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The theatrical life of a nomad

The Ticino-born Daniele Finzi Pasca has an International reputation Carlo Reguzzi/Ti-Press

Swiss theatre prize 2008 winner Daniele Finzi Pasca tells swissinfo about his career as a clown, director and choreographer around the world.

This content was published on January 20, 2008 - 09:53

The Italian-speaker, a former winner of the public choice Swiss Award for theatre, has worked with the prestigious Cirque de Soleil and choreographed the closing ceremony of the Turin Winter Olympics in 2006.

He is also the founder of the Lugano Sunil Theatre.

swissinfo: Director, author, choreographer, clown – you are a very talented person.

Daniele Finzi Pasca: Let's start with being a clown. In the theatre tradition clowns are in some ways always their own directors and writers. Perhaps because we are megalomaniacs, or because we think about theatre in a particular way.

A clown-actor dances with the public, at least that's how I think of being on stage. I dance, seek out the public, I take them into my arms, I lead them and I let them lead me. This form of expression needs you to be able to think about gesture in all its complexity.

swissinfo: How do you build up a relationship with the public?

D. F. P.: The best analogy is perhaps that of trying to lull a baby to sleep. For this purpose an actor re-enacts the gestures and actions that he has learned. He knows what needs to be done because it's intuitive. But he can't repeat these actions mechanically because the act of lulling to sleep has to be continuously adapted. This is because every baby is different and each night is different for the baby.

That's why people talk about an art. A person learns techniques for understanding things. And if he has the talent, he develops listening skills as well. It's not what is happening inside you, but what is going on around you. Being able to adapt continuously, as a way of responding to others, is therefore fundamental – to make people laugh and dream.

swissinfo: What did working with the [Montreal-based] Cirque Eloize mean to you?

D. F. P.: My partner, Julie Hamelin, is one of the founders of this troop. Meeting Cirque Eloize seven years ago made me go back to acrobatics a bit. Together we developed a project which brought together their world and some of my ideas. This gave surprising results. We were able to present shows the market did not expect and in very unusual places, such as Broadway.

swissinfo: The Turin Olympic Games and the Cirque de Soleil, were these other worlds?

D. F. P.: These are situations where you have to deal with other dimensions. My theatrical training was a great help. Perhaps I should explain that there are essentially two different approaches in theatre. It's like in sculpture, where there's the model and the sculptor.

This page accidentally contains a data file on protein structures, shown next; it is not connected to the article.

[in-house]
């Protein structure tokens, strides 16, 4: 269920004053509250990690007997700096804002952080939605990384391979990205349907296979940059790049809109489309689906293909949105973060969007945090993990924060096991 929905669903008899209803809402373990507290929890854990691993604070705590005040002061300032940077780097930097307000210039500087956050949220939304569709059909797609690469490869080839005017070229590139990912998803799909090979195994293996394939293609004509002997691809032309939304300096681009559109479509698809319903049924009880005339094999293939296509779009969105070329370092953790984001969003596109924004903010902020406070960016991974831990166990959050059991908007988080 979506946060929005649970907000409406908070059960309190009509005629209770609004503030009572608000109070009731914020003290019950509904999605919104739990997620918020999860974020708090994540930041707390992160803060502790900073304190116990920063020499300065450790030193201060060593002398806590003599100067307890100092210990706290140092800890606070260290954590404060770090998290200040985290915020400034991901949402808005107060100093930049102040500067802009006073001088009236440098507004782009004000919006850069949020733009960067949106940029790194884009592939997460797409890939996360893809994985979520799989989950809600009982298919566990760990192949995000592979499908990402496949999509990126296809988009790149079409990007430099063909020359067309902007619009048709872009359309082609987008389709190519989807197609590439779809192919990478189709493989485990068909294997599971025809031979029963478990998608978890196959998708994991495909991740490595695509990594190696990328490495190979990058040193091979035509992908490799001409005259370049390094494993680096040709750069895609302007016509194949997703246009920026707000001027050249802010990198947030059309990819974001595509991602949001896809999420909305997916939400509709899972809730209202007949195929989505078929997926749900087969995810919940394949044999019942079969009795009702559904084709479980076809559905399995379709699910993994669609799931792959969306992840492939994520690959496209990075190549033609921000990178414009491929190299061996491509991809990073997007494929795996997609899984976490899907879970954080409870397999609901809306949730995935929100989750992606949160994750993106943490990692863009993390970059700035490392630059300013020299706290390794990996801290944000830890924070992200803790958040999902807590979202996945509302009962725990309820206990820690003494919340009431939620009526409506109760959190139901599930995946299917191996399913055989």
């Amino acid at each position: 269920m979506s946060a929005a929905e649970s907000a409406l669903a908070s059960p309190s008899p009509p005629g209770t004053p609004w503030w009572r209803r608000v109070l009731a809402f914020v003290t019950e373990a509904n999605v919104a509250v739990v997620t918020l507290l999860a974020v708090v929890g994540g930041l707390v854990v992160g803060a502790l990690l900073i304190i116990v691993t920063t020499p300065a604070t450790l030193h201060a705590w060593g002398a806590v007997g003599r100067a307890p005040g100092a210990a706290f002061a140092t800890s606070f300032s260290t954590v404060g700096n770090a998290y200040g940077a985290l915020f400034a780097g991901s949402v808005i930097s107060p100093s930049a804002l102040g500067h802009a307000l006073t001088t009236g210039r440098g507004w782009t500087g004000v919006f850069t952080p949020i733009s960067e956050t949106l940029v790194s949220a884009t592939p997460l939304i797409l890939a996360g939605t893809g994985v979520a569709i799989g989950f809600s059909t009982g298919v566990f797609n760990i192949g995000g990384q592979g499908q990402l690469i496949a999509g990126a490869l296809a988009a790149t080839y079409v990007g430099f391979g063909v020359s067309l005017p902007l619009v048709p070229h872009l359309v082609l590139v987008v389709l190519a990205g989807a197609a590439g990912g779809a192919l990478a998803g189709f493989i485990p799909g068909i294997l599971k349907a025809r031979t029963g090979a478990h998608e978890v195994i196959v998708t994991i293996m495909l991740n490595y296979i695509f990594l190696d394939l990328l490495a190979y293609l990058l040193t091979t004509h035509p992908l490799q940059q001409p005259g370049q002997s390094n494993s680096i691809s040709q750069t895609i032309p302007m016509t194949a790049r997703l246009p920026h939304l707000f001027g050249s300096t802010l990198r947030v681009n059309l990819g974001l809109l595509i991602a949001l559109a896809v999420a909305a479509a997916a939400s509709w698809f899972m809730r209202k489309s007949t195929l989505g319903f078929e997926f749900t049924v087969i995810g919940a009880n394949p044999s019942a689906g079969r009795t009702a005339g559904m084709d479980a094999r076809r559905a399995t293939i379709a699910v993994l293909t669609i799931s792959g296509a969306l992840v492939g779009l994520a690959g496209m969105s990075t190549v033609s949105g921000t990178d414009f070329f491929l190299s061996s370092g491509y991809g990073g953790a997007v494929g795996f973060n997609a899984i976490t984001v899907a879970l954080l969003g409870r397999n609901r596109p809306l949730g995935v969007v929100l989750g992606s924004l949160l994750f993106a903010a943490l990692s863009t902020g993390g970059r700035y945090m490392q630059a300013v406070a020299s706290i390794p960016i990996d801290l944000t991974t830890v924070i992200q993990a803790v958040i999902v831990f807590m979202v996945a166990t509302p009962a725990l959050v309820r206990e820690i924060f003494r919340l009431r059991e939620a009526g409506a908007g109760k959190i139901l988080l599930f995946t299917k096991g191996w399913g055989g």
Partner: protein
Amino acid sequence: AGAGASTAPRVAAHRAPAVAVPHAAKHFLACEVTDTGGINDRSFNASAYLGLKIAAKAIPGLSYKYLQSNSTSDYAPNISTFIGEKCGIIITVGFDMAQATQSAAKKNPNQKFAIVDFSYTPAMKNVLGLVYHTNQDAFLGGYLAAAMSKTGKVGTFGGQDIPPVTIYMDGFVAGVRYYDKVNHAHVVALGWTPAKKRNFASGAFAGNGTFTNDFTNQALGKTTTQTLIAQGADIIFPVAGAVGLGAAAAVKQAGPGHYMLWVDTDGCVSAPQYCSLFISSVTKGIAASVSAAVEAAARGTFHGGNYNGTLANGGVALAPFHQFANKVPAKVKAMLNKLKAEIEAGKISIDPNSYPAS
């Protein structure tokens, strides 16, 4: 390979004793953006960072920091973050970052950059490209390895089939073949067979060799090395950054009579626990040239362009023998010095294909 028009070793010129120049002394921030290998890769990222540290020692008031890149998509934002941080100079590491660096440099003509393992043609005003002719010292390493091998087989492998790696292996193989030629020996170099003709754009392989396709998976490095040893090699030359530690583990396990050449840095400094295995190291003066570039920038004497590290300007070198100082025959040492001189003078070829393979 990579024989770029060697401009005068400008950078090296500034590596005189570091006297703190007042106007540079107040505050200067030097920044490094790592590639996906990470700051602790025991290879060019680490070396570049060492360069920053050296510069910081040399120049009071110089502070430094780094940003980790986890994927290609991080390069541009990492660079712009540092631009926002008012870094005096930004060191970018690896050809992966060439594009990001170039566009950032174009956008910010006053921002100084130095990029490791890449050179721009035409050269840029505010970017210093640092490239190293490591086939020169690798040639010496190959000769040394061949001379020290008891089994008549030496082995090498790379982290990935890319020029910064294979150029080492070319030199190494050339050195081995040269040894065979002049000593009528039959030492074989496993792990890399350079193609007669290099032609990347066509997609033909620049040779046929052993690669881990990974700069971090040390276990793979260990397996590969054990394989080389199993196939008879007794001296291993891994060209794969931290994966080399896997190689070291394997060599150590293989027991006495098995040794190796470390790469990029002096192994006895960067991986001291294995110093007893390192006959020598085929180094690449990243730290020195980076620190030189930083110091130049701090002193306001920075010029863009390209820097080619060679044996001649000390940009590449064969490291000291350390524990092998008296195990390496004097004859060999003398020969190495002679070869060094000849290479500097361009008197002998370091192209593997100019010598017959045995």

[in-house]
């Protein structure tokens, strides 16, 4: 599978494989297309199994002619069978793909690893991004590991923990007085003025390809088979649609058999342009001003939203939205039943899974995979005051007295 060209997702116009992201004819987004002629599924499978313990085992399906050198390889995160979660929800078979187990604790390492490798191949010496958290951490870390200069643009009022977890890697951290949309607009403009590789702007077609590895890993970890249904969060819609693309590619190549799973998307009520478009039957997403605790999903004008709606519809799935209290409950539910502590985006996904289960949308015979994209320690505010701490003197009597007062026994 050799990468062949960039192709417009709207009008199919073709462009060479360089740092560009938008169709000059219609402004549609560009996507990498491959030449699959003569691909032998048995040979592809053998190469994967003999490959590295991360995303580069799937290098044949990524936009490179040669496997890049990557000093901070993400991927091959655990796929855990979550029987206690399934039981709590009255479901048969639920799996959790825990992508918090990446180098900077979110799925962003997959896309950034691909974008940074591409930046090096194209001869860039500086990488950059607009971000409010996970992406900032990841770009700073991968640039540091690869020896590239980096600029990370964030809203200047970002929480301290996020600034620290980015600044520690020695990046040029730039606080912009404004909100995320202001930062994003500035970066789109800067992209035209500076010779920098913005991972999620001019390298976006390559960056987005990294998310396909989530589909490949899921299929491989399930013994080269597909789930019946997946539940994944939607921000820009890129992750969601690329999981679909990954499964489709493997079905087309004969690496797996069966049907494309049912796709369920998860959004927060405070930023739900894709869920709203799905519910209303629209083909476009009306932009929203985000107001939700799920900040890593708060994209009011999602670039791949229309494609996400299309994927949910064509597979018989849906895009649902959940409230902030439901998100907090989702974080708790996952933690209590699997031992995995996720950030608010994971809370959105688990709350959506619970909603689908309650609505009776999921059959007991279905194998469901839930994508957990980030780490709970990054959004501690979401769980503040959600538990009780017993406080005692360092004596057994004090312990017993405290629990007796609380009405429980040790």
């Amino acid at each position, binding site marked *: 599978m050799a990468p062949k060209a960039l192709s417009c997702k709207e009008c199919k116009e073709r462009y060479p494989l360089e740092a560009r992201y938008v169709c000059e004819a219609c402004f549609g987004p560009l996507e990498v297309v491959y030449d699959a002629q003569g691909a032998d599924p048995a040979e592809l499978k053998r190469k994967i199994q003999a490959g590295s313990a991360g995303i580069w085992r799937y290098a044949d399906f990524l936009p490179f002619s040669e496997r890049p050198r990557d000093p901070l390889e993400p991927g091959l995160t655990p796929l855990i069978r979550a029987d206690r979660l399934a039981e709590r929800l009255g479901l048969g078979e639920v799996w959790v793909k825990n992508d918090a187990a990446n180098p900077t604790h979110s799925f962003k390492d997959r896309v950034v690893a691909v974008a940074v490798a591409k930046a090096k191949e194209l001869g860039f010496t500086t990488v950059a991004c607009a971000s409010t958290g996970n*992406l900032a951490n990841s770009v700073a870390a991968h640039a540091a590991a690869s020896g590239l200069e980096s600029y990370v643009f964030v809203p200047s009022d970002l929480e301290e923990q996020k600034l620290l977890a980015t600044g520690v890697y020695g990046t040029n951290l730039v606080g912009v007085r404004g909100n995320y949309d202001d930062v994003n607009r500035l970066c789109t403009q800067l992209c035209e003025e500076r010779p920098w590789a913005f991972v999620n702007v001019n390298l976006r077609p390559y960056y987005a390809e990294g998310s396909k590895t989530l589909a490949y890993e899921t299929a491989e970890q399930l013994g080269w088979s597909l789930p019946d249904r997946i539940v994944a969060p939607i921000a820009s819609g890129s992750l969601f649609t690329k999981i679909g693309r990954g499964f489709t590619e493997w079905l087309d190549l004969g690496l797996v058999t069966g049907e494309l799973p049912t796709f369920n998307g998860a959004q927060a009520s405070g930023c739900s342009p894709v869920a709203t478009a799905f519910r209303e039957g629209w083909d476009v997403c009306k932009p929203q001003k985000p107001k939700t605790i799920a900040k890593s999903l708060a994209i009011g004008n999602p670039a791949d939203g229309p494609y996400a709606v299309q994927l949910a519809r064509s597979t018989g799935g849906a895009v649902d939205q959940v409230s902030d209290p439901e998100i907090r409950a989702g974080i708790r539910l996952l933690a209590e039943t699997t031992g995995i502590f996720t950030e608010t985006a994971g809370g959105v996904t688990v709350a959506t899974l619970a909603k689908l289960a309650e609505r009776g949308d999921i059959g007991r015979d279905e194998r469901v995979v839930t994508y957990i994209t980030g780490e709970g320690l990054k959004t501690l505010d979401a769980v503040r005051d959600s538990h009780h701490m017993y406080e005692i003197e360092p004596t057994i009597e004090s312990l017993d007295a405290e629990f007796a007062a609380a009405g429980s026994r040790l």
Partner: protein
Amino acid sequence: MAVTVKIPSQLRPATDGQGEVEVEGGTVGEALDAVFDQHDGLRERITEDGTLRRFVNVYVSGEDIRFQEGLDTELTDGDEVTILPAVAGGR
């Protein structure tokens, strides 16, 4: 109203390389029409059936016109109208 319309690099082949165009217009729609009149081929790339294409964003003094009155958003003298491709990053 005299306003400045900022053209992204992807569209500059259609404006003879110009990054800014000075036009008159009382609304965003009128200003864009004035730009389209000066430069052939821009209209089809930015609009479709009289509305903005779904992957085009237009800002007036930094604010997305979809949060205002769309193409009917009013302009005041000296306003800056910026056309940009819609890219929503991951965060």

I'm the second one and for this you have to know exactly where you are going from the very first movement of the chisel. There's no room for improvisation. This rigour, linked to an architectural vision of the show, helped me work out these larger projects, where you could not improvise.

swissinfo: What has made most impact on you during your travels?

D. F. P.: It would be a shame not to list all of the moments. There are, however, some that stand out. In Uruguay we had an audience of 40,000 for the Icarus monologue. The years in Mexico were important. And then there's Canada, Eloize, Soleil, Carbone 14, not forgetting Ethiopia and India.

I have chosen to do a certain type of theatre, a nomadic theatre, because I really wanted to have this marvellous opportunity to travel. When travelling you meet people and you can breathe the air of a country. Each time it's an experience which surprises me on a human level.

swissinfo: Many of your shows' titles allude to the sky. What is your fascination with the heavens?

D. F. P.: There are people who never see green things because they live in the desert. There are others who don't know what the ocean is. Everyone knows the sky, which is probably why I talk about it.

The sky is also the gods, mystery and fate. God is a great dramatist. That's perhaps why there are so many tragedies, so many people suffering in the world. These are, at least, the answers I give to myself, when as a clown, I look up to the skies.

swissinfo: What do these two awards mean to you?

D. F. P.: They are magnificent gifts, especially as they come from my field. I didn't know the Swiss Awards beforehand, so I was very surprised.

The theatre prize has a different value because it's given by theatre people to theatre people... It's not easy to do theatre. You need lots of determination as you are always fighting to get your idea, your dream, put forward. To receive this recognition from people I love and respect is an immense pleasure.

swissinfo-interview: Françoise Gehring

Daniele Finzi Pasca

Finzi Pasca was born in Lugano, in the southern Italian-speaking canton of Ticino, in 1964, to a family of photographers. He is a director, author, choreographer and clown. He founded the Sunil Theatre in 1983.

He has written and directed around 15 works which have been seen worldwide. He has worked with Montreal-based Carbone 14.

Cirque Eloize, also from Montreal, Canada, invited him to write and direct their new project "Nomade - At night, the sky is endless" in 2002. "Rain – comme une pluie dans tes yeux" appeared in 2003. These shows toured the world.

In 2003 the Cirque du Soleil asked him to write and direct their new itinerant show, Corteo, which opened in April 2005 and is still on tour in North America. Nebbia, a collaboration between the Sunil Theatre and Cirque Eloize, is Finzi Pasca's latest project.

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